I want to start this blog by sharing with you a picture I took recently.
OK. You might be wondering what on earth these little balls are and why they are worthy of a picture.
Let me begin to explain by showing you another picture.
Many of you might recognize that this second picture is a bowl of Good and Plenty candies. Aaron loves Good and Plentys. He always pours his treats into a bowl and eats them one by one, usually while he sits in his favorite chair as we watch a show at night.
One recent morning I walked through the family room and saw little balls on the shelf of the end table beside Aaron’s chair. I knew right away what they were. Those little balls in that first picture are Good and Plenty candies.
BUT those little round candies are not oblong shaped as good Good and Plenty candy should be. Therefore, to Aaron, they are unacceptable.
They are oddballs.
And oddball candy is not to be eaten, at least not by Aaron.
Same candy…different shape…not allowed.
I absolutely love seeing such tangible pictures of the fascinating way that Aaron’s mind works. This is classic evidence of the structured world that Aaron desires.
Classic autistic behavior.
Look how he even set the pink candy in its own place, not in the row with the white ones. Again, order is important.
Aaron can usually control the structure in his world when it involves food, silverware, blankets on his bed, when to turn the television off at precisely the correct moment, watching the credits at the end of a show, and on and on.
Unfortunately, Aaron’s desire that his world be carefully monitored for his own personal satisfaction runs into a problem. The problem is that living breathing people with feelings don’t always fit into Aaron’s normal.
In other words, people can be like those defective candies.
But Aaron cannot set human beings aside into neat little rows when they don’t fit into his definition of acceptable.
He also cannot always keep his thoughts and frustrations about oddballs to himself.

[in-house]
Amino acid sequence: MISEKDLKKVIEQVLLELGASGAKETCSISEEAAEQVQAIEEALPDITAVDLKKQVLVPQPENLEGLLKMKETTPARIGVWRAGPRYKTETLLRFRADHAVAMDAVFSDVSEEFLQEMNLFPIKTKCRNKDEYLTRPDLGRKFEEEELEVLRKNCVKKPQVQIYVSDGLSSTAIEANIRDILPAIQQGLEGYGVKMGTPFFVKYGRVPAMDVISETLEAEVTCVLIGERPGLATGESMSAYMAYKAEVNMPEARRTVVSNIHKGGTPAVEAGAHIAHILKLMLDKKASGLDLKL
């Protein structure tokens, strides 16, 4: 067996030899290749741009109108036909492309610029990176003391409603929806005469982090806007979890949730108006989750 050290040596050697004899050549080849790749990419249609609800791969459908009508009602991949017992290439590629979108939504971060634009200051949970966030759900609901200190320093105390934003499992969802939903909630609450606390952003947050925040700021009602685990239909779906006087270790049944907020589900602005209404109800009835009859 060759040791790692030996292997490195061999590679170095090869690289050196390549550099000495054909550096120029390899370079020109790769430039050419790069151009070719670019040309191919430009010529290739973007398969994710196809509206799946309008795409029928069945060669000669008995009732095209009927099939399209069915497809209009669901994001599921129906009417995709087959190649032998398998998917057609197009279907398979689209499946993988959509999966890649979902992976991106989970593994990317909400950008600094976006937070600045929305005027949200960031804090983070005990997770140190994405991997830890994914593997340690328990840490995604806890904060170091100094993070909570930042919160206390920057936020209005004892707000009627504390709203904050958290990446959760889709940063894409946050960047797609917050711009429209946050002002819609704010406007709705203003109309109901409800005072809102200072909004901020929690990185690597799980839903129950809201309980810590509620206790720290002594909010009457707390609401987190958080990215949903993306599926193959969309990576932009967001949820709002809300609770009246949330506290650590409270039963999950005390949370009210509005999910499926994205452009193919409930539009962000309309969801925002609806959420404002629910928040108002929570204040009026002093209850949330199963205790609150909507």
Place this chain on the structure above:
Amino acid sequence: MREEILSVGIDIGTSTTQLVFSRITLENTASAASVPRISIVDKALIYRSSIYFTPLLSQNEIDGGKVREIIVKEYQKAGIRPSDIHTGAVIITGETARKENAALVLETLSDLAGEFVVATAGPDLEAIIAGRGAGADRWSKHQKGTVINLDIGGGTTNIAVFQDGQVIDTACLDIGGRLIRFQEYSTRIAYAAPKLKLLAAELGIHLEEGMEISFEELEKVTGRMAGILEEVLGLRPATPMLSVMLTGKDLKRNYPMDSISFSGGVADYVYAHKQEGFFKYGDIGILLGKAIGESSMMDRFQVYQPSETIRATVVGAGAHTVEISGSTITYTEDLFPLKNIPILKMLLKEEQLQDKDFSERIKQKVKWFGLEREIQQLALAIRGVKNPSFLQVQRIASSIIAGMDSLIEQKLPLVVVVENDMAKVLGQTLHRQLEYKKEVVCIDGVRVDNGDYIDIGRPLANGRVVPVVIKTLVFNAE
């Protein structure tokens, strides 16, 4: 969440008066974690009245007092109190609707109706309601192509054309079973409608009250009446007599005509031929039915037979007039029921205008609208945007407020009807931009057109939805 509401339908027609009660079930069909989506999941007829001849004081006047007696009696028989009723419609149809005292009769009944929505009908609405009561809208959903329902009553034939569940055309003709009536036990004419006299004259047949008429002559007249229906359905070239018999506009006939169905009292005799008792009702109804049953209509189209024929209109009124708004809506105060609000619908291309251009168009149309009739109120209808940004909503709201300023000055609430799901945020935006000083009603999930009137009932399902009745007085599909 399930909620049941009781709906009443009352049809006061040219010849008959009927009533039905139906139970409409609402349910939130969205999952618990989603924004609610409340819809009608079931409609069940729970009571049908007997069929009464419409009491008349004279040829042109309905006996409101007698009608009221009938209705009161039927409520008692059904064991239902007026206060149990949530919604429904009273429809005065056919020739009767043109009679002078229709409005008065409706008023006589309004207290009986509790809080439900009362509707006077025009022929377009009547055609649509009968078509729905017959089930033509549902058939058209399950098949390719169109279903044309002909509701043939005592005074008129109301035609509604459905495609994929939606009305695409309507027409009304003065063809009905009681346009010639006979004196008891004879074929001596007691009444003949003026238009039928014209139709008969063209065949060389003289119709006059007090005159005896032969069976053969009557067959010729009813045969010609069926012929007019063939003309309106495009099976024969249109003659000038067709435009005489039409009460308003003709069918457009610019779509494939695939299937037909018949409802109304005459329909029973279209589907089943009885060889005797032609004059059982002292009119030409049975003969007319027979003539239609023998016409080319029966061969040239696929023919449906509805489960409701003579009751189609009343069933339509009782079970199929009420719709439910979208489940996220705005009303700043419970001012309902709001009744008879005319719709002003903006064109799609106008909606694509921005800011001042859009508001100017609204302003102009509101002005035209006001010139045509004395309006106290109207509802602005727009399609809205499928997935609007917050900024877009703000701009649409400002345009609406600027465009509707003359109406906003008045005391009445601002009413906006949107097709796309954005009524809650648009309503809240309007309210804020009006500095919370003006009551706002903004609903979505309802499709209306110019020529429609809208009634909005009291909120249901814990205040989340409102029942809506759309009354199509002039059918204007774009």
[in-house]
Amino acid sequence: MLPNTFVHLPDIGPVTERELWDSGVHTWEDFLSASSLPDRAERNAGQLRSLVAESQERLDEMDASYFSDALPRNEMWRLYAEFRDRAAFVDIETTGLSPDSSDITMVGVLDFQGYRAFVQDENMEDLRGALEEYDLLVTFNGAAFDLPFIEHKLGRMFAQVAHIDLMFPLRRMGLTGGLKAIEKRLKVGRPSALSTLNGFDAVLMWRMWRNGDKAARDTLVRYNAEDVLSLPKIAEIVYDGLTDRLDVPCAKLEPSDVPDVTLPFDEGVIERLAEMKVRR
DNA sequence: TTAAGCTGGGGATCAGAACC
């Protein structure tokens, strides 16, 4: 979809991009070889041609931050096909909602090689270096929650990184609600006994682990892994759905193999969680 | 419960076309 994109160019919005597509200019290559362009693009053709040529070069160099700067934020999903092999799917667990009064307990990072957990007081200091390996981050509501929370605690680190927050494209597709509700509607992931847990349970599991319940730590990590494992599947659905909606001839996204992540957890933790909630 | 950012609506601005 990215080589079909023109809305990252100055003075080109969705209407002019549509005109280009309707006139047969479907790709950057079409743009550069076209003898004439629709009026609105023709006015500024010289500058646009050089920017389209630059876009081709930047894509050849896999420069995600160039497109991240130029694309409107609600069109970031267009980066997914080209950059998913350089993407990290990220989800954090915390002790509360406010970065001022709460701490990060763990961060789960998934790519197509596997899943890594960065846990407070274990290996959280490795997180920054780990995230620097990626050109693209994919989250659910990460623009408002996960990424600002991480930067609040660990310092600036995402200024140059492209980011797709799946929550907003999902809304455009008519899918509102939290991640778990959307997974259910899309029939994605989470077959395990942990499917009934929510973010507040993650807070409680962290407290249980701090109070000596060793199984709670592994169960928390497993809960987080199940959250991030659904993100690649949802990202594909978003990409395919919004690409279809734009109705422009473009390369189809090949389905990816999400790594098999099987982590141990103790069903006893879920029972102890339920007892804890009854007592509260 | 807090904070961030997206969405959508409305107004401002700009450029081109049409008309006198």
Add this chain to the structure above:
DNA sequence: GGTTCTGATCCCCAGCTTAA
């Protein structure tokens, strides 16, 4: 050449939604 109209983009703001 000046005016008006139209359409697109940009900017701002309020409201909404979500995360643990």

Like the day years ago that he and I were eating lunch with someone Aaron didn’t remember, but she knew Aaron and was so excited to see him. So excited that she kept leaning toward him to talk very happily with her exuberant voice and with her eyes very big.
He finally leaned toward her from across the booth, opened his eyes as wide as he could, and exclaimed, “DON’T DO THIS!!!”
Oh dear. I was so embarrassed. This person works with special needs, and she understood, though she was taken aback. But I knew that Aaron was getting very uncomfortable, so it was like watching a train building up steam before a wreck.
Then there was the time that we went with Aaron to parent night at his school. He was to introduce us to each of his teachers. At the last classroom, while waiting in the hall, we wondered why Aaron was beyond excited for us to meet this teacher. We soon found out why. She had a very pronounced spiked hairstyle, which Aaron found to be extremely interesting…odd, you might say.
“MOM!! DAD!! This is ______. She looks like a HEDGEHOG, doesn’t she?!”
Gary and I were humiliated (although Aaron had a point 😊). We immediately corrected him, and the teacher was immediately angry with Aaron…and it was not the finest of our parenting moments.
We have our times here at home, too, when Aaron sees us for the oddballs we are to him and he lets us know it.
When one of us is talking to Aaron about something more serious and we change the shape of our eyes: “DON’T SQUINT YOUR EYES!!”
When I was talking to him one day and made a stirring motion with my hand, which upset him. I asked why. “I just see things you do are weird.”
When I was singing funny and could tell he didn’t like it, so I told him I was just having some fun: “I don’t like your fun.”
When I sniff and he is afraid that I’m upset: “ARE YOU CRYING???” He really can’t handle crying from other people, especially me.
There are many more examples that I could include, but you get the idea.
And if you hang around Aaron long enough you have a very decent chance of becoming an oddball, too.
But don’t worry. You will be in good company.
Aaron, after seeing a picture of Shakespeare: “Shakespeare didn’t dress perfectly. He dressed weird!”
As for Einstein in another picture seen by Aaron: “He has WEIRD hair!”
Maybe being an oddball isn’t such a bad thing after all, right?